Pope Laicizes Two Chilean Bishops for Sexual Abuse of Minors
The decision was issued without the possibility to appeal, the Vatican announced Oct. 13.
VATICAN CITY — Pope Francis has officially expelled two Chilean bishops from the clerical state. Both men were accused of sexual abuse of minors. The decision was issued without the possibility to appeal, the Vatican announced Oct. 13.
The Vatican announced that Francisco José Cox Huneeus, 84, archbishop emeritus of La Serena, Chile, and Marco Antonio Órdenes Fernández, 53, bishop emeritus of Iquique, Chile, were removed from the clerical state “as a consequence of manifest abuse of minors.”
Both former bishops have reportedly been living retired lives of prayer and penance for some years now.
By Vatican order, Archbishop Cox has been living at the institute of the Schönstatt Fathers, of which order he is a member, in Santiago since 2002. Bishop Fernandez retired from office in 2012 at the age of 42, due to health problems. He is believed to have retired to Peru and has not been seen publicly since 2013, according to The New York Times.
The expulsion of the two bishops comes several months after 34 sitting bishops of Chile offered their resignations to the Pope during a crisis meeting in May. That meeting followed a Vatican investigation that revealed systematic sexual abuse and cover-up among the clergy in the country.
Thus far, seven of those bishops have had their resignations accepted by the Pope.
Pope Francis launched an investigation into sexual abuse in Chile earlier this year, following multiple reports concerning Fernando Karadima, a Chilean priest convicted in 2011 of the sexual abuse of minors, and against Bishop Juan Barros of Osorno, who was accused of protecting Karadima.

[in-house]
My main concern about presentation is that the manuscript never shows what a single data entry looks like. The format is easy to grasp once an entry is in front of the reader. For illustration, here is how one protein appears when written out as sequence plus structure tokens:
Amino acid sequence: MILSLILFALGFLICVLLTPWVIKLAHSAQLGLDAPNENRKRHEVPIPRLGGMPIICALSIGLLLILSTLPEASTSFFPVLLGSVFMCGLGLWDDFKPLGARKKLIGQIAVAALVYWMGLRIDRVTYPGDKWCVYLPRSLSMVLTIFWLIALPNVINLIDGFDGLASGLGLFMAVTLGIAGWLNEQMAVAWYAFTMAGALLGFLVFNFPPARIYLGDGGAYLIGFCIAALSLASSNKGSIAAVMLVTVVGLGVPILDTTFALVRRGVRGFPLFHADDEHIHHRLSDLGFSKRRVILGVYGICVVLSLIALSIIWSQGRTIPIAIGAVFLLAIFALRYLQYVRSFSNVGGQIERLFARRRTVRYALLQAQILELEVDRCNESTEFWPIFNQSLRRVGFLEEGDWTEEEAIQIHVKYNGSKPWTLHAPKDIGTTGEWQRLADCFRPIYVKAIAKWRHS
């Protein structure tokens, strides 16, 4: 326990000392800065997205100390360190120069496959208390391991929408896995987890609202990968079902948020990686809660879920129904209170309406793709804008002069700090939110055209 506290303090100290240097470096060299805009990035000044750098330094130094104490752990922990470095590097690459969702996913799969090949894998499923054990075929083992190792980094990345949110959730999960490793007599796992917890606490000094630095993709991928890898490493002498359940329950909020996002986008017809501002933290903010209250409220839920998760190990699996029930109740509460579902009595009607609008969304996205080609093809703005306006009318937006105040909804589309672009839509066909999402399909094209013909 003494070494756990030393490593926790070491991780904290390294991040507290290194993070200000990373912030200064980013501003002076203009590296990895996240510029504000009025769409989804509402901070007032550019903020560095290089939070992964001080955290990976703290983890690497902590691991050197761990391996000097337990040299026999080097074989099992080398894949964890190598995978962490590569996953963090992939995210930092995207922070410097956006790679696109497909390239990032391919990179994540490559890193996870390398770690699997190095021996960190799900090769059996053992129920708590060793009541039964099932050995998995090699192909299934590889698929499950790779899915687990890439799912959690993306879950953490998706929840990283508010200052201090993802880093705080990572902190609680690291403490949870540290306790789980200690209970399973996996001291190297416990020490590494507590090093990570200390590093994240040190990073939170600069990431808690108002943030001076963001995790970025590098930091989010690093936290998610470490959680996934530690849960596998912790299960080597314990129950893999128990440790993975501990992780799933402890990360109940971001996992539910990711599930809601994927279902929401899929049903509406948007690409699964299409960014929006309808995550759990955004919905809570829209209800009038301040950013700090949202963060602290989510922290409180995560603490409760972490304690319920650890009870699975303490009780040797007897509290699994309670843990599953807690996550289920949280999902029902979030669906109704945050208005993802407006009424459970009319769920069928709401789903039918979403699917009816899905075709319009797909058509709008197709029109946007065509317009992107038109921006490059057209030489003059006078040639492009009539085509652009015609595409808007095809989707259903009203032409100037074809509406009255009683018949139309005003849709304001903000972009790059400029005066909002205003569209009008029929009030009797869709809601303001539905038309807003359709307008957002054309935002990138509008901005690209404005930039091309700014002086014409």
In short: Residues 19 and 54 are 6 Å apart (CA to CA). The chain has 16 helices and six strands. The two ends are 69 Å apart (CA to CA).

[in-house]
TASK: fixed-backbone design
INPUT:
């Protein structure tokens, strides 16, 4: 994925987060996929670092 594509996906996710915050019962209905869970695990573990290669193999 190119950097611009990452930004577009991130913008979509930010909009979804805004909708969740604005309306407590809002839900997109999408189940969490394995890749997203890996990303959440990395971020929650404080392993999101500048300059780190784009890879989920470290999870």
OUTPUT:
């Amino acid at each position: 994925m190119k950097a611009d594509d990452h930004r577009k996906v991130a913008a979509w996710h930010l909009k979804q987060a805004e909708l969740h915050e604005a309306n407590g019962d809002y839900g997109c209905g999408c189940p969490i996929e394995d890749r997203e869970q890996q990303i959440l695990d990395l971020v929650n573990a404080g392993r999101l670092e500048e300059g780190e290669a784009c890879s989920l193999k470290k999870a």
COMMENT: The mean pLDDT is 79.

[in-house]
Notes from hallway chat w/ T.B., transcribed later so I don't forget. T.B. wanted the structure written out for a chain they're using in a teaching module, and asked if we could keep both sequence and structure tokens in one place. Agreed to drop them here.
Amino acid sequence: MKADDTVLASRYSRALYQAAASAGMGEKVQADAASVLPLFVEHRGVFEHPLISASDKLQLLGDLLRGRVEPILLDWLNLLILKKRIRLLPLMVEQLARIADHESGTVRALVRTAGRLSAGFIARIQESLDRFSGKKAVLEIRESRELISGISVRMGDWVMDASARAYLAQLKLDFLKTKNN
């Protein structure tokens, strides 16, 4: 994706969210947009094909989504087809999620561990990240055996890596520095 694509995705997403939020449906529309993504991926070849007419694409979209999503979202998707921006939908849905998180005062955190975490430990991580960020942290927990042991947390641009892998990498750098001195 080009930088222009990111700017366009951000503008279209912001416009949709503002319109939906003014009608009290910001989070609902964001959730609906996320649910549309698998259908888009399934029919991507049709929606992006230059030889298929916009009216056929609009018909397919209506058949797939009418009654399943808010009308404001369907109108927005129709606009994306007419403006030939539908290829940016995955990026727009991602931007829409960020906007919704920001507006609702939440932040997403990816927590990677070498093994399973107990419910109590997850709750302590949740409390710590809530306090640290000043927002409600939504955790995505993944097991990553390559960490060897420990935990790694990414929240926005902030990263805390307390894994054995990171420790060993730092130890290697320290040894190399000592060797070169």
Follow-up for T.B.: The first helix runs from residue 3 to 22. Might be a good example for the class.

In recent years, Bishop Barros had repeatedly insisted that he knew nothing of Father Karadima’s abuse, and Pope Francis initially gave the bishop his personal backing, naming him head of the Diocese of Osorno in southern Chile in 2015 and insisting he had not seen evidence of his covering up abuse, angering accusers of Bishop Barros and Father Karadima.
Karadima, 88, was a highly influential Santiago-area priest who for decades led a lay movement from his parish in El Bosque. He is believed to have personally fostered around 40 vocations to the priesthood, some of whom went on to become bishops also accused of covering up abuse.
The Congregation for the Doctrine of the Faith found Father Karadima guilty of the sexual abuse of minors in early 2011. A civil case against him had been dismissed due to Chile’s statute of limitations.
Following the 2011 conviction, and citing his advanced age and poor health, he was ordered by the Vatican to “retire to a life of prayer and penance, in reparation [for his crimes] as well as for the victims of abuse.” At the time, he was also prohibited from any public exercise of ministry.
In January, Francis appointed Archbishop Charles Scicluna of Malta to lead the investigation. Archbishop Scicluna is a member of the Congregation for the Doctrine of the Faith and is considered an expert in the canonical process for handling allegations of clergy sexual abuse.
Archbishop Scicluna’s investigation resulted in a 2,300-page report that, to date, has not been made public. After receiving the report, Francis apologized for his support of Bishop Barros and asked to meet the bishops and abuse survivors in person.
The Pope accepted the resignation of Bishop Barros in June, and Karadima was laicized by Francis in September.
The dismissals of the two Chilean bishops come in the midst of an ongoing canonical process concerning another archbishop, former Cardinal Theodore McCarrick. McCarrick is accused of sexually abusing minors and seminarians over a period of decades.